FIG. 1 is a generally schematic plan view illustrating the method and apparatus according to this invention;
FIG. 2 is a generally schematic elevational view of the invention as it is illustrated in FIG. 1;
FIG. 3 is a detailed plan view depicting a tamping assembly according to the invention;
FIG. 4 is a detailed plan view of an alternative tamping assembly for neatening stacks of round foodstuff slices;
FIG. 5 is an elevational view illustrating the tamping assembly of FIG. 4;
FIG. 6 is an elevational view of an alternative embodiment of a reorienting and tamping assembly;
FIG. 7 is a top plan view of the assembly illustrated in FIG. 6;
FIG. 8 is a sectional view generally along the rotational axis of the assembly of FIG. 6;
FIG. 9 is an elevational view illustrating a further embodiment of a reorienting and tamping assembly;
FIG. 10 is an elevational view of a preferred reorienting and shaker assembly; and
FIG. 11 is a sectional view generally along the rotational axis of the assembly of FIG. 10.
In accordance with the method and apparatus of this invention, stacks of foodstuff slices are generally horizontally infed to an assembly that rotates about a generally horizontal axis, the rotation reorienting the stack such that each slice is rotated through a generally semi-circular extent during which each slice moves through an orientation at which it is positioned vertically along an edge thereof, at which position each slice is readily movable, and then returned to a horizontal orientation for a smooth and non-disruptive transfer onto a generally horizontal pathway.
The change in orientation of the slices from the infeed horizontal direction to the vertical direction may include contacting the leading edges of the stack with a rigid support member along the generally semi-circular rotational movement location, whereby the leading edges are aligned along the plane of the support member, but the stacks are not necessarily aligned in the direction transverse to the flow of the stacks, which is along the length of each slice. In this instance, and when the slices are in a generally vertical orientation during their rotational movement, the transverse edges of each slice are in general alignment with each other. For example, when the slices are of a rectangular configuration, this latter alignment is of the generally vertical edges of the slices in the stack.
As illustrated in FIGS. 1 and 2, the apparatus includes an infeed assembly, generally designated as 21, a reorienting assembly, generally shown at 22, and an outfeed assembly, generally designated as 23. A tamping assembly 24 is also preferably included in general juxtaposition with respect to the reorienting assembly 22. While this combination of assemblies may be for the purpose of, and include structural details relative to, handling a variety of stacks of thin products, the embodiment illustrated herein is preferred for use in connection with handling stacks of sliced foodstuff, most particularly sliced food products such as luncheon meat products that are sliced from elongated sticks or loaves of luncheon meat having round or square cross-sections. A typical slicer 25 is illustrated upstream of the infeed assembly 21. When necessary, a diverter 26 or the like may be included to direct the flow of product stacks from the slicer 25 or the like to the infeed assembly 21.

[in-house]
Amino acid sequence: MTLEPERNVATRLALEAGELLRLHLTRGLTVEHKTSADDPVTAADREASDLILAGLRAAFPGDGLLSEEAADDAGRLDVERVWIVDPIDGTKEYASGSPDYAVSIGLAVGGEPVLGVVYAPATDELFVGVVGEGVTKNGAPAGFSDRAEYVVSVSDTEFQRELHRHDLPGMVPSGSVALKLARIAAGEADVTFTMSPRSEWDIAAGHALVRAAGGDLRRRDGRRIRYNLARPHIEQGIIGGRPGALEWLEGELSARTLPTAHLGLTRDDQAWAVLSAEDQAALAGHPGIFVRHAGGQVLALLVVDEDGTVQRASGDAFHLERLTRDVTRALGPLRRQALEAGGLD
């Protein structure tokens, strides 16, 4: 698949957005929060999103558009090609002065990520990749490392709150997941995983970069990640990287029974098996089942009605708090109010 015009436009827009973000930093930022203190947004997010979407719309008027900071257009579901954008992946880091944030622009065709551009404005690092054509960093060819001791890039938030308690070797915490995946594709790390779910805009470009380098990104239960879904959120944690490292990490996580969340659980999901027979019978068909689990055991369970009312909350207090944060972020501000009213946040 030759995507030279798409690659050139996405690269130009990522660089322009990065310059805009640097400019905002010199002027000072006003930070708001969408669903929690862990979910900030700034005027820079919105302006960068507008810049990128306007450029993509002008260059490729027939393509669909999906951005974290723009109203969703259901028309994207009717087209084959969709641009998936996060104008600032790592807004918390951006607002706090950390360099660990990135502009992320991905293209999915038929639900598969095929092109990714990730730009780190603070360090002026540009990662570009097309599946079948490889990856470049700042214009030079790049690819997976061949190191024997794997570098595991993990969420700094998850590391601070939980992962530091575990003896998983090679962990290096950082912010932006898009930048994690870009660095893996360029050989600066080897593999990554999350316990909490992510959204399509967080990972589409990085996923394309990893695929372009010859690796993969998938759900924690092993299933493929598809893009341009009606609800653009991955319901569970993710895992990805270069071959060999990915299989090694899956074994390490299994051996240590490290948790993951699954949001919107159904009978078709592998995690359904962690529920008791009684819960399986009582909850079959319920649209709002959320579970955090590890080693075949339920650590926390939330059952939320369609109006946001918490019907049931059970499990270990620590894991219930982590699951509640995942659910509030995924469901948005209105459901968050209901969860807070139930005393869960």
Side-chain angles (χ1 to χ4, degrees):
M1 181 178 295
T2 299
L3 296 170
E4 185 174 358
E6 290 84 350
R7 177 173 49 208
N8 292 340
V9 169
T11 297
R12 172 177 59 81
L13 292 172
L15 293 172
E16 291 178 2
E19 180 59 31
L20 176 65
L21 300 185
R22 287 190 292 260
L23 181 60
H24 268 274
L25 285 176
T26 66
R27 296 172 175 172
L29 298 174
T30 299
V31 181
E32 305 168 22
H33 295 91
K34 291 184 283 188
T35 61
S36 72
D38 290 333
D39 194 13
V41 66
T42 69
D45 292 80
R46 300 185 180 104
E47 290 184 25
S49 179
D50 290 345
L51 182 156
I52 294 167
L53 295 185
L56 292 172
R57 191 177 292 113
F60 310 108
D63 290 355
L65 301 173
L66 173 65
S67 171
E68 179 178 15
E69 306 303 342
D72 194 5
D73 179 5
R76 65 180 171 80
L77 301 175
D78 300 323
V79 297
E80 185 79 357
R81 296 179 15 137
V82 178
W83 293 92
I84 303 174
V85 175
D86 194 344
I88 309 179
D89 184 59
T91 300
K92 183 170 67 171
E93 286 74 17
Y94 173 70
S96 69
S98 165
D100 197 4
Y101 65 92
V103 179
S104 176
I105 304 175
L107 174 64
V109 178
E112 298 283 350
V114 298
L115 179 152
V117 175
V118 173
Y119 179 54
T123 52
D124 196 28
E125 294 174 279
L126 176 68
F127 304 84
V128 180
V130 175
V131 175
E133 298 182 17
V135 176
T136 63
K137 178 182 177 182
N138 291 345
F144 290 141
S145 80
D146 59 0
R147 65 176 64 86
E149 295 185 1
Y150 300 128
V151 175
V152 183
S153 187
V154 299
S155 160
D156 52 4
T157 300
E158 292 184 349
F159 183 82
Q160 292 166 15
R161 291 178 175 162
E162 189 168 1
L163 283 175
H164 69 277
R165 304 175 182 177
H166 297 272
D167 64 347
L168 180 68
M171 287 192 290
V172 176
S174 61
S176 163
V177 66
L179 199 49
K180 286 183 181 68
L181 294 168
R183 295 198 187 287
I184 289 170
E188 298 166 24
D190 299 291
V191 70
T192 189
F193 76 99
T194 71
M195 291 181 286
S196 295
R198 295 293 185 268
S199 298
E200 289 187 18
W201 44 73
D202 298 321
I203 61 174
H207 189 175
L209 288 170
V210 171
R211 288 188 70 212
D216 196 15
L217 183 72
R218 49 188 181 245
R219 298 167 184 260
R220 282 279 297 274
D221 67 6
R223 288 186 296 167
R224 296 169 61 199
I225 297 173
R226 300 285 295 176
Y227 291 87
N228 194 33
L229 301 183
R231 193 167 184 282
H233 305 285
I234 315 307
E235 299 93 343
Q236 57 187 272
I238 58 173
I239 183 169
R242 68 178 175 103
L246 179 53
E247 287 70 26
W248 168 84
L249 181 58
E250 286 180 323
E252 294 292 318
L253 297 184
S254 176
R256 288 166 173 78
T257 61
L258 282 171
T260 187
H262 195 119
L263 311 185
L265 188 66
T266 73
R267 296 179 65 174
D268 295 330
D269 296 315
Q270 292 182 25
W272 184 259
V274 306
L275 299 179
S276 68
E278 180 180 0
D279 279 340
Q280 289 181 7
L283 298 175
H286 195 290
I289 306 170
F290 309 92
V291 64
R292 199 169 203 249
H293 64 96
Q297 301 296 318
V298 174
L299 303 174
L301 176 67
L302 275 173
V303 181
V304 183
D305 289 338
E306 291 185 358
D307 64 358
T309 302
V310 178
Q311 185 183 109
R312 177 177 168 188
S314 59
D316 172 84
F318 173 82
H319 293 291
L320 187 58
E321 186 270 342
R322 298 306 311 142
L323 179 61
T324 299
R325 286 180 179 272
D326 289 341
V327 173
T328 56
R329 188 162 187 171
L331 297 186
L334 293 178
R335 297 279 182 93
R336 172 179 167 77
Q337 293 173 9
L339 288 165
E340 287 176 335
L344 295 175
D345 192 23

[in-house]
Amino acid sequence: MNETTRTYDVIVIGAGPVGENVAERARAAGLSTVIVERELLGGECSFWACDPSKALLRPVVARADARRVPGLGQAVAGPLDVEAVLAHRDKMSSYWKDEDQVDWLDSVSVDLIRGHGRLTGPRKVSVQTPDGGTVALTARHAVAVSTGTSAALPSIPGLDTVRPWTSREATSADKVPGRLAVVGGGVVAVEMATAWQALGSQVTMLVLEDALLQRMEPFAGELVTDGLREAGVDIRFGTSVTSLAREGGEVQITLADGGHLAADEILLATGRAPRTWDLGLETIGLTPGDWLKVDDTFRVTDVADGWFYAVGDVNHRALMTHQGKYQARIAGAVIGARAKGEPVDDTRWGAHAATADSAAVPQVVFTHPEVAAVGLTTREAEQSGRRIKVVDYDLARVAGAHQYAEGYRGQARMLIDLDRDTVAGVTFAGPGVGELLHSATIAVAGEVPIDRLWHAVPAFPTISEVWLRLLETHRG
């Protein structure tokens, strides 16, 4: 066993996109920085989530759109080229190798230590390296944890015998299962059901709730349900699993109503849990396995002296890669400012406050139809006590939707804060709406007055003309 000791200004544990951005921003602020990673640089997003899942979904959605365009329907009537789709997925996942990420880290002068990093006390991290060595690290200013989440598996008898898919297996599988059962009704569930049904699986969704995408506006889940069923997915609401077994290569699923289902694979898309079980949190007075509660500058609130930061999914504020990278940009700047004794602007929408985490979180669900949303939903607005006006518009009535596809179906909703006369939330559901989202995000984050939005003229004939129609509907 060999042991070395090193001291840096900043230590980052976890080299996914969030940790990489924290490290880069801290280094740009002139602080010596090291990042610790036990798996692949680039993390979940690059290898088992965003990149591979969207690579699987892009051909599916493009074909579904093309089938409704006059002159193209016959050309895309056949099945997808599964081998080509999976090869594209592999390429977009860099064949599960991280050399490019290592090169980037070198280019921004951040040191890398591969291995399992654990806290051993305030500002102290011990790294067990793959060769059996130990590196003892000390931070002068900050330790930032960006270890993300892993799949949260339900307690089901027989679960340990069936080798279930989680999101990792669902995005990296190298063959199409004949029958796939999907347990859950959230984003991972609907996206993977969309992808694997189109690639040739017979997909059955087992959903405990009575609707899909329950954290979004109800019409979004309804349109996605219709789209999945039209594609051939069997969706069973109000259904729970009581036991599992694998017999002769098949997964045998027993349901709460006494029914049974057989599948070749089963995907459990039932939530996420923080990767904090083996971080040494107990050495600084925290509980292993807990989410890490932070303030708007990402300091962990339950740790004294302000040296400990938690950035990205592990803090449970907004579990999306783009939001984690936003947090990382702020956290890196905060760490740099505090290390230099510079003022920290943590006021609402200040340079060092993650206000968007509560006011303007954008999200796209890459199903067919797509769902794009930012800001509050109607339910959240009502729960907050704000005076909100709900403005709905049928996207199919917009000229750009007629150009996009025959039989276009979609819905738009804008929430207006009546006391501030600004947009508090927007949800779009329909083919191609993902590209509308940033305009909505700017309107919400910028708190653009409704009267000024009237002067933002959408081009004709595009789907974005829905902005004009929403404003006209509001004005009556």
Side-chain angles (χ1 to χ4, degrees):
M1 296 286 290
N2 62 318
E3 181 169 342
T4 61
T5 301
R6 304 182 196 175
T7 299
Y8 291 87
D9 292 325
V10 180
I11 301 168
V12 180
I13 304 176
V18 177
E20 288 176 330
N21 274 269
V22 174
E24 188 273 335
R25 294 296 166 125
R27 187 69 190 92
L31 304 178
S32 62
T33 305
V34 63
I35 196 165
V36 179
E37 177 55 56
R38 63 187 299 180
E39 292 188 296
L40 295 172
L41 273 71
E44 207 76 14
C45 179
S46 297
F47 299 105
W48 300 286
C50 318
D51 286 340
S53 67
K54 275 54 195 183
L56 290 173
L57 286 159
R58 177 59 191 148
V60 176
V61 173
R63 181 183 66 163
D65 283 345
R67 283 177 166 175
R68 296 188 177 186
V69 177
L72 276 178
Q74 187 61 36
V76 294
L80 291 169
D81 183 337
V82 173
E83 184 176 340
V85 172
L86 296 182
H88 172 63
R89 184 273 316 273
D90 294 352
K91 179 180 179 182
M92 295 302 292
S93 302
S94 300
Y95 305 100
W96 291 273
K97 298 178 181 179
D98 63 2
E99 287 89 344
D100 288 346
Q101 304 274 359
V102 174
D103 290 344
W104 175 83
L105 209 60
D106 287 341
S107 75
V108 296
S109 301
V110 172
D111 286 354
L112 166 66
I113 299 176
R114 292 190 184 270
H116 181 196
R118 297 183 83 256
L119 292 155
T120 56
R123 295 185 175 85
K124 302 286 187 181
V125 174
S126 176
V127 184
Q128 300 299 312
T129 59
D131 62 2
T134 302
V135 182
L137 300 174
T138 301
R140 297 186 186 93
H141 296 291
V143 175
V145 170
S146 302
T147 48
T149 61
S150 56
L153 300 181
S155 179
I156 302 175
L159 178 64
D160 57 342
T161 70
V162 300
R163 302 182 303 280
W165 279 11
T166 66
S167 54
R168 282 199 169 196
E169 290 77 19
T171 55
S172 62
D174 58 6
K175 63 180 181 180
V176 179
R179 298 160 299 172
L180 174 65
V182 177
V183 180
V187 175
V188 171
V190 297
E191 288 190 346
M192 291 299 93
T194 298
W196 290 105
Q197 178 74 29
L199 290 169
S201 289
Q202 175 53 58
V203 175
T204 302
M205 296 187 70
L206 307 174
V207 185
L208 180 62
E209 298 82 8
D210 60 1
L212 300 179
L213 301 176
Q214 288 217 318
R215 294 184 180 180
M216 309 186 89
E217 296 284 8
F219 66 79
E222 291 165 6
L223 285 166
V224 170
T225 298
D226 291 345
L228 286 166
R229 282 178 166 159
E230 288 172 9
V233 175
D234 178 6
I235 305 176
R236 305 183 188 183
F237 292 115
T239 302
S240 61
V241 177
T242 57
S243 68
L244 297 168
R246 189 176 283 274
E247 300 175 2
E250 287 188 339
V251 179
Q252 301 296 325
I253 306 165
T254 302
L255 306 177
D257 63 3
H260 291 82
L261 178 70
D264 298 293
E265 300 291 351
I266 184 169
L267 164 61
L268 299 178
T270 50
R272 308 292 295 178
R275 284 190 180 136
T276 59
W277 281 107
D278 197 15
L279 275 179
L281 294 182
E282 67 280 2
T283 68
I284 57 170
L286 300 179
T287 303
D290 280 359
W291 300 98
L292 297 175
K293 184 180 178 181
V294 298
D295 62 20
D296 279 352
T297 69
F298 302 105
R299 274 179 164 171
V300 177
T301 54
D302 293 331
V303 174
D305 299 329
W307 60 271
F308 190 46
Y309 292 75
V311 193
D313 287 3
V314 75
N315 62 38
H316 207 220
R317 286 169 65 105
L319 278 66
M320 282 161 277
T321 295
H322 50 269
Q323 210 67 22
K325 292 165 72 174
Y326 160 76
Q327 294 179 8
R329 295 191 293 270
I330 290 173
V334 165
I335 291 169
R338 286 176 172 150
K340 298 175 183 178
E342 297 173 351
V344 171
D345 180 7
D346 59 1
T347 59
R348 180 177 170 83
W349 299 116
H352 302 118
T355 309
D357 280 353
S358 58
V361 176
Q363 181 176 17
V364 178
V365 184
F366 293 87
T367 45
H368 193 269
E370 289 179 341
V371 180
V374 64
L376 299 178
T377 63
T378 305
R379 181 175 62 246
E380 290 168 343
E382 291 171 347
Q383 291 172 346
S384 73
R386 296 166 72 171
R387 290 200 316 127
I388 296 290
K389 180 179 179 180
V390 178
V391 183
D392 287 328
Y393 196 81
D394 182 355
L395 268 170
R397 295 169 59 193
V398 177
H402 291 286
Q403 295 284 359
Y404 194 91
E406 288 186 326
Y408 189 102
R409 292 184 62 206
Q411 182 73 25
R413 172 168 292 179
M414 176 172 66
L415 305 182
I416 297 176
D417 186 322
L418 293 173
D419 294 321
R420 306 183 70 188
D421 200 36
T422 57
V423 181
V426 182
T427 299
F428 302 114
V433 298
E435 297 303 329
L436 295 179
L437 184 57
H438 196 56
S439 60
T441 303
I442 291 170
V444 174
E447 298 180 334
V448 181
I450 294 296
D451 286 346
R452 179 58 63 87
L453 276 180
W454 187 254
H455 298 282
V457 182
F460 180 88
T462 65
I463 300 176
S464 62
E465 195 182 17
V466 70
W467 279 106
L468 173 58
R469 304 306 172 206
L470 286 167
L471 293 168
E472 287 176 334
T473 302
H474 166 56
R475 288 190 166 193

The infeed assembly 21 typically includes conveying devices such as the illustrated elongated belts 27. In order to facilitate the interchange of uneven product stacks 29a from their generally horizontal orientation to a generally vertical orientation, the infeed assembly 21 includes a ramp 28 that projects downwardly into generally meshing interrelationship with the reorienting assembly 22. At about the same time that the uneven stacks 29a slide off of the infeed assembly 21 and onto the reorienting assembly 22, the leading edges 31 of the uneven stacks 29a engage a rigid support member 32 of the reorienting assembly 22, which engagement partially aligns such leading edges 31 within a plane that generally corresponds to that of the surface of the support member 32 in order to provide initially neatened stacks 29b. With square product, the rigid support member 32 establishes a bottom datum plane into which the square slices rotate when they slide down the ramp 28 and fall onto the rigid support member 32.
Reorienting assembly 22 generally rotates about its axis to move the stack 29b generally therealong, which rotational movement includes vertically orienting the stacks 29b, at which time each stack 29b becomes easier to neaten than when it was horizontally oriented, each slice of product in the vertical stack resting on the narrow, leading edge thereof, rather than on its face. Neatening is enhanced because no vertically oriented slice lies on top of another vertically oriented slice.
The reorienting assembly 22 includes a plurality of outwardly projecting support tines 37, between which the product stacks are positioned while they are on the reorienting assembly 22. In the arrangements illustrated in FIGS. 1 through 5 and FIG. 9, the support tines 37 form an endless track, generally designated as 36, mounted onto a suitable rotatable shaft or shafts 38. The FIG. 9 embodiment has a circular endless track and a generally semi-circular stack conveyance path. The FIGS. 1 through 5 embodiment has an oval endless track that is an elongated circular endless track having an elongated semi-circular stack conveyor path.